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Rising Gas Prices and Your Marketing Message: Can Fear Persuade?

Earlier this week on the Shop.org blog, Scott Silverman started an interesting thread discussing whether online retailers benefit from connecting rising gas prices to the stay-at-home advantages of shopping online.

As Scott puts it:

With the prices as high as they are right now, I think we’ve reached the tipping point. The question then, for online retailers, is whether you make “buy online, free shipping, save money on gas” part of your marketing message. Is it helpful to remind people that they are spending so much money on gas?”

gas pump
Commenting on the post, one pureplay retailer reported modest success with a pain-at-the-pump email campaign. Other reactions ranged from enthusiastic embraces of this tactic to concern that that such messaging could hurt the bricks-and mortar arms of multichannel retailers, or simply serve as an unintended reminder that purse strings should be tightened due to the rising cost of fuel.

I think the “reminder” piece is the crux of the biscuit. There’s already some early research suggesting that rising gas prices could be good for e-commerce. And if you’ve done any direct selling, you’ve probably learned that expressing empathy for your prospect’s misfortune can build rapport that leads to the sale.

But there’s a difference between echoing bad news as you make your pitch (“You’re broken? Bummer, dude. Can I help?”) and being the one to bring up the sore subject (“Dude, You Are Broken. Can I help?)

So are marketers wise to introduce (or re-introduce) unpleasant topics? I read the Shop.org post the same day I was thumbing through a new book co-authored by Robert Cialdini. Yes! 50 Scientifically Proven Ways to be Persuasive is a bit lightweight when compared to Cialdini’s classic Influence, but still offers several useful nuggets.

Here’s what “Yes!” has to say about the ability of fear to persuade:

For the most part, research has demonstrated that fear-arousing communications usually stimulate the audience to take action to reduce the threat. However this general rule has one important exception: When the fear-producing message describes danger but the audience is not told of clear specific, effective means of reducing the danger, they may deal with the fear by blocking out the message or denying that it applies to them.”

If a retailer reminds a prospect about soaring gas prices and the economic crunch, will “no driving and free shipping” (plus desired product, plus other components of the retailer’s value prop) serve as sufficient means of “reducing the danger” or will the shopper simply block out the entire pitch, the prescribed remedy as well as the irritant?

As one marketer pointed out in the Shop.org thread, this is all certainly worth a test. Outcomes of such experiments will no doubt vary by product category and site, and I’d predict that dramatic results are likely to occur sooner, not later: if images of gas pumps become ubiquitous in homepage banners and email leads, shoppers may ultimately become desensitized and the fuel crunch could become just another themed promo opportunity, like “Memorial Day Savings” and “Back to School.”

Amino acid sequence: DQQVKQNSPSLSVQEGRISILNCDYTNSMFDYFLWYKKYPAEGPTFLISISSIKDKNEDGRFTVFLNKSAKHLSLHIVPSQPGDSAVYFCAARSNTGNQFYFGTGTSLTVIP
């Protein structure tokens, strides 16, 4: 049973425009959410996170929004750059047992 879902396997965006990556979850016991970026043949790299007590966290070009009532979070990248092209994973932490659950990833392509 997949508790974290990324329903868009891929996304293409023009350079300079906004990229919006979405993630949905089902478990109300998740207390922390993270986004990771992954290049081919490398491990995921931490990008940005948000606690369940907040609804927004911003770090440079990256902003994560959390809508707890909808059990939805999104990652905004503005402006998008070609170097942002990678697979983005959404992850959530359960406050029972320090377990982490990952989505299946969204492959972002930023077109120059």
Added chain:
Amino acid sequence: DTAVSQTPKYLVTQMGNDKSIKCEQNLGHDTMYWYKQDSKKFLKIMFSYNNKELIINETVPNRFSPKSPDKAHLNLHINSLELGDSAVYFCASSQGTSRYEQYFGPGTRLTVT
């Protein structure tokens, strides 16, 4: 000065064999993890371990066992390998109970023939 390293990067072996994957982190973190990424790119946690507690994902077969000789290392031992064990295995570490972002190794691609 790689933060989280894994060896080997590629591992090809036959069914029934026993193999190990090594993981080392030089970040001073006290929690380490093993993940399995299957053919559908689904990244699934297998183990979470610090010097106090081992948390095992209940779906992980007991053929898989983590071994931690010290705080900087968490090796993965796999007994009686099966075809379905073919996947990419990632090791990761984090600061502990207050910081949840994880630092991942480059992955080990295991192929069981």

Does that make me sound a bit jaded? I’m not, but I guess I am biased: beyond groceries, I already do just about all my shopping online.

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Comments
3 Responses to “Rising Gas Prices and Your Marketing Message: Can Fear Persuade?”
  1. I sincerely hope that not too much marketing effort goes into playing on the fears surrounding this energy crisis. Not only is it counterproductive in a number of ways, but it’s dangerous to desensitize the ad-viewing public on such an important issue. Advertising aside, the trend has been that news reports of rising gas prices are always followed by huge increases in price, as if big oil is thereby given permission to raise cost again….

  2. Tad Miller says:

    Larry, I blogged about this a few weeks ago and the press I found from E-commerce people all seemed to indicate that the gas prices were driving record sales:

    “Business Week said: http://www.businessweek.com/ap/financialnews/D91BAI400.htm

    According to estimates by Forrester, online sales are expected to reach $204 billion this year, up 17 percent from last year, and are projected to exceed $300 billion in the next five years. Soaring oil prices should only fuel their momentum as shoppers turn more to online buying than shopping at the local mall to save on gas…”

    Then The New York Times said: The High Price of Gasoline Sends Shoppers to the Web. http://tinyurl.com/5cbhy4

    “THERE’S nothing like an energy squeeze to buoy the spirits of Internet merchants.

    Online shopping sites, already on a roll, are getting help from the high price of gasoline, which is prompting untold numbers of consumers to boot up their PC’s instead of driving their S.U.V.’s to the mall…”

    “…merchants can easily swallow the extra expense, either by raising prices in categories like apparel and home furnishings where consumers will not notice or by increasing volume for products like electronics and music where buyers can use shopping-comparison engines to resist price increases.”

  3. Larry Becker says:

    Thanks for your comment, Tad. Yes, I agree that rising gas prices cause more people to shop online. The question remains as to whether this is beneficial as a marketing message.